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NSF, state fund major life sciences initiative

David Weir, director of the Delaware Biotechnology Institute, opens the news conference, attended by (from left) Delaware Gov. Ruth Ann Minner, Sherry Farwell of the National Science Foundation and UD President David Roselle.
5:23 p.m., April 25, 2005--The National Science Foundation and the state of Delaware have awarded $9 million to a partnership of the state’s institutions of higher education, led by the Delaware Biotechnology Institute and the University of Delaware, to fund new research in the life sciences.

Participating in the partnership alongside DBI and UD are Delaware State University, Delaware Technical and Community College and Wesley College.

The NSF has awarded a research infrastructure improvement grant of $6 million to the partnership through its Experimental Program to Stimulate Competitive Research (EPSCoR), and the state has committed $3 million in matching funds.

In addition to research, the funding will be used for outreach and education programs and to generate consideration of ethics and public policy in light of the rapid advances in the physical and biological sciences.

The funding also will have a strong economic development component, as novel research generated by the grants is expected to eventually reach the marketplace and thereby lead to the creation of new jobs in the state.

Delaware Gov. Ruth Ann Minner
Key benefits of the funding, which was announced during a press conference held Monday morning at the Delaware Public Archives Building in Dover, will be the acquisition of needed instrumentation to undertake leading-edge research and the creation of professional networks to enhance collaborative efforts among the institutions.

"My administration has worked diligently over the last five years to promote, build and grow our life science and biotechnology cluster here in Delaware," Gov. Ruth Ann Minner said. "We have sown the seeds to ensure this innovative and promising field will continue to grow for years to come. If you look at our field of life science and biotechnology today, you will see how this vital industry is beginning to gain momentum from the initial effort and investment made by the state, academia and our industry partners."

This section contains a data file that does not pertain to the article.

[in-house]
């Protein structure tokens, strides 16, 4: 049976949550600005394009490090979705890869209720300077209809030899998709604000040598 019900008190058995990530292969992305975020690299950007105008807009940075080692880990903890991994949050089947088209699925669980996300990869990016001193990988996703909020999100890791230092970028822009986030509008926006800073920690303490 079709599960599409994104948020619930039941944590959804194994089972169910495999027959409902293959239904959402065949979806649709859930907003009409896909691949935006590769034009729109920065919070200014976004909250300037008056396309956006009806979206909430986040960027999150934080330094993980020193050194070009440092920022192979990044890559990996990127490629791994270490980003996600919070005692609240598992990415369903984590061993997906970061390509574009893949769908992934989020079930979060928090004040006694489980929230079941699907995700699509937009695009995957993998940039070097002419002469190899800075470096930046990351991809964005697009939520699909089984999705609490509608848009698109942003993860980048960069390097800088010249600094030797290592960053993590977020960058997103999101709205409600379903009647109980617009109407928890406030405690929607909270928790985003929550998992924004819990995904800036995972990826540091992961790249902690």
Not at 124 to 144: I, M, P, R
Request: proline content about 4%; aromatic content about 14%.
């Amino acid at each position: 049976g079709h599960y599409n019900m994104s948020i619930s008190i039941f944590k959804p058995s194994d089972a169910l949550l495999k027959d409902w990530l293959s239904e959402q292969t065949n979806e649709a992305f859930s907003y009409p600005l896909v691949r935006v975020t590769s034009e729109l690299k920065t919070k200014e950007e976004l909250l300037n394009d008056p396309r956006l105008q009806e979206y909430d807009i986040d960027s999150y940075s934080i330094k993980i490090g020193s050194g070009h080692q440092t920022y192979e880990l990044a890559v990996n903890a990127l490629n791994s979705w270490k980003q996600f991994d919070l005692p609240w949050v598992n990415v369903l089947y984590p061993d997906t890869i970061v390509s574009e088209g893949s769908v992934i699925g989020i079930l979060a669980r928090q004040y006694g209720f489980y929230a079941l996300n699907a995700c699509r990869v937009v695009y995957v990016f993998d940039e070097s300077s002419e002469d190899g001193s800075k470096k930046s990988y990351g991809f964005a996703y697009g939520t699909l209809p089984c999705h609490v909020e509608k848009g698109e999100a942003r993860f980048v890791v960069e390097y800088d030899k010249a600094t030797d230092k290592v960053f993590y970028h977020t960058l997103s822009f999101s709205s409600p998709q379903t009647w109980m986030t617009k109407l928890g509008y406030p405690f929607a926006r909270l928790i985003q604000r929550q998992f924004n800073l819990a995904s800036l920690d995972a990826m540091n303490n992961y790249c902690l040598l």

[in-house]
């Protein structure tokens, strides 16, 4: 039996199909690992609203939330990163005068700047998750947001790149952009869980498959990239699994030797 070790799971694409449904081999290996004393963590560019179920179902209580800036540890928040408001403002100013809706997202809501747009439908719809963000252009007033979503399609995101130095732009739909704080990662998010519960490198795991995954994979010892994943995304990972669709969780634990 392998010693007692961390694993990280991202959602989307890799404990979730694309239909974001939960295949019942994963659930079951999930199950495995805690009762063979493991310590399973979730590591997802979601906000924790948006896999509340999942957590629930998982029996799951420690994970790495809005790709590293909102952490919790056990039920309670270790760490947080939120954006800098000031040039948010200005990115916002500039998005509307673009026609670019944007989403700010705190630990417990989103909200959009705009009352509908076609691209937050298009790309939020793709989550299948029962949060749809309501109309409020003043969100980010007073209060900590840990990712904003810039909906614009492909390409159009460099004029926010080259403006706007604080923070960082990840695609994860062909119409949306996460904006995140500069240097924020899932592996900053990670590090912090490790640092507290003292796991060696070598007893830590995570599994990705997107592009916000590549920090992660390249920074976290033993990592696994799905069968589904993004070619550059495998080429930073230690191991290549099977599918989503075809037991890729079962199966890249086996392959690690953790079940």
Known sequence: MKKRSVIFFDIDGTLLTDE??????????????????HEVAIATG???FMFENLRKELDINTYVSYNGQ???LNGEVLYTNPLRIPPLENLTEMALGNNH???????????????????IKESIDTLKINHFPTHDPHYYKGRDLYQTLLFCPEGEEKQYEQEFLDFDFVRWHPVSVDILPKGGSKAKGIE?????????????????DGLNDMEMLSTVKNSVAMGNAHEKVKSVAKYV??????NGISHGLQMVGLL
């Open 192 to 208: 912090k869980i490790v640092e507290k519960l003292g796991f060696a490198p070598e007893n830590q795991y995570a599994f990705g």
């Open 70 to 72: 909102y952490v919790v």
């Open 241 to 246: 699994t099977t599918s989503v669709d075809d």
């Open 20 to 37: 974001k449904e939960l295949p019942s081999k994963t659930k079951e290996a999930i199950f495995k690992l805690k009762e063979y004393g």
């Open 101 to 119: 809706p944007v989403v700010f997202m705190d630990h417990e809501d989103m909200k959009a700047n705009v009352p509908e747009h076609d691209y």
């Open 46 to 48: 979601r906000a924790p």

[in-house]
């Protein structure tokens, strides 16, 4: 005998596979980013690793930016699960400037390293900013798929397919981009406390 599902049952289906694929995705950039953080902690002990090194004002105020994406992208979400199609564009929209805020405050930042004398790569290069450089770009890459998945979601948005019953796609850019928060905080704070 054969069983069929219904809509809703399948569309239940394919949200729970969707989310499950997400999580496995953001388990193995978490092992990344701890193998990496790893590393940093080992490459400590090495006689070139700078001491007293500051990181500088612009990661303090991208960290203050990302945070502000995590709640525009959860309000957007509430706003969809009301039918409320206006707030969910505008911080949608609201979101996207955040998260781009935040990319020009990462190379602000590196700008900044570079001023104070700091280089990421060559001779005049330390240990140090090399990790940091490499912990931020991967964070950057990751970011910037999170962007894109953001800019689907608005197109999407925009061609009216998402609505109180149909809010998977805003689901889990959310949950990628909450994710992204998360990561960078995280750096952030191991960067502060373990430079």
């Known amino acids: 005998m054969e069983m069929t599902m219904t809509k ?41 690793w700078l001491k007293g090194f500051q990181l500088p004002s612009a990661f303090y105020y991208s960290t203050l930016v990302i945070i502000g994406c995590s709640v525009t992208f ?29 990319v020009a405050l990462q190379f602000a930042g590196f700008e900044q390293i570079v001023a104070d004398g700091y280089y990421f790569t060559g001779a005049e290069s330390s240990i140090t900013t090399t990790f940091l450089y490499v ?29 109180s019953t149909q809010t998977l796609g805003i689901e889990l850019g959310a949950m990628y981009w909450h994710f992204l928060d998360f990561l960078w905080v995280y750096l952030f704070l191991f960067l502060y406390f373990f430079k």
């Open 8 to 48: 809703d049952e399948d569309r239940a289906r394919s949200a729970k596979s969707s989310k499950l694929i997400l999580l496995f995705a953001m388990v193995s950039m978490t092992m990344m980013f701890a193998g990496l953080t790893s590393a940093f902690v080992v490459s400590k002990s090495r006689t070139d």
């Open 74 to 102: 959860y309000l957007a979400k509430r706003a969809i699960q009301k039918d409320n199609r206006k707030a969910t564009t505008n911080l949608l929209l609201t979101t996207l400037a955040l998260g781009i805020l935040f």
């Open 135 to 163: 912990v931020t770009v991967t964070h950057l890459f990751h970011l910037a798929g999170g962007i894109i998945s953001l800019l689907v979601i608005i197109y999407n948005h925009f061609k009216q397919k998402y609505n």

“The University of Delaware and its partner organizations have already developed a considerable capacity for research in biotechnology, and we are confident that the NSF grant, combined with funding from the state, will increase the capacity of all of the partner organizations,” UD President David P. Roselle said.

"Delaware is a leader in research and developing new technologies. We've got top-notch educators and scientists, and this grant will help bring some of their knowledge and experience to groups that have otherwise been left out,” U.S. Sen. Joseph R. Biden Jr. (D-Del.) said.

U.S. Sen. Thomas Carper
“I am so proud that the Delaware Biotechnology Institute and local students will benefit from this grant,” U.S. Sen. Thomas R. Carper (D-Del.) said. “Many of the country’s future leaders in the science community receive their education in Delaware, and this money will expand their scope of learning, broadening horizons for all of us.”

"Delaware's history includes a culture of scientific and technological discovery, innovation and leadership. This funding--by providing for research infrastructure, professional communication networks and much-needed equipment--will allow our state to continue its position as a region of excellence in life science-based discovery in research and education,” U.S. Rep. Michael N. Castle (R-Del.) said. “This has both scientific and economic implications for our state, and I believe we will see great things as a result of this funding.”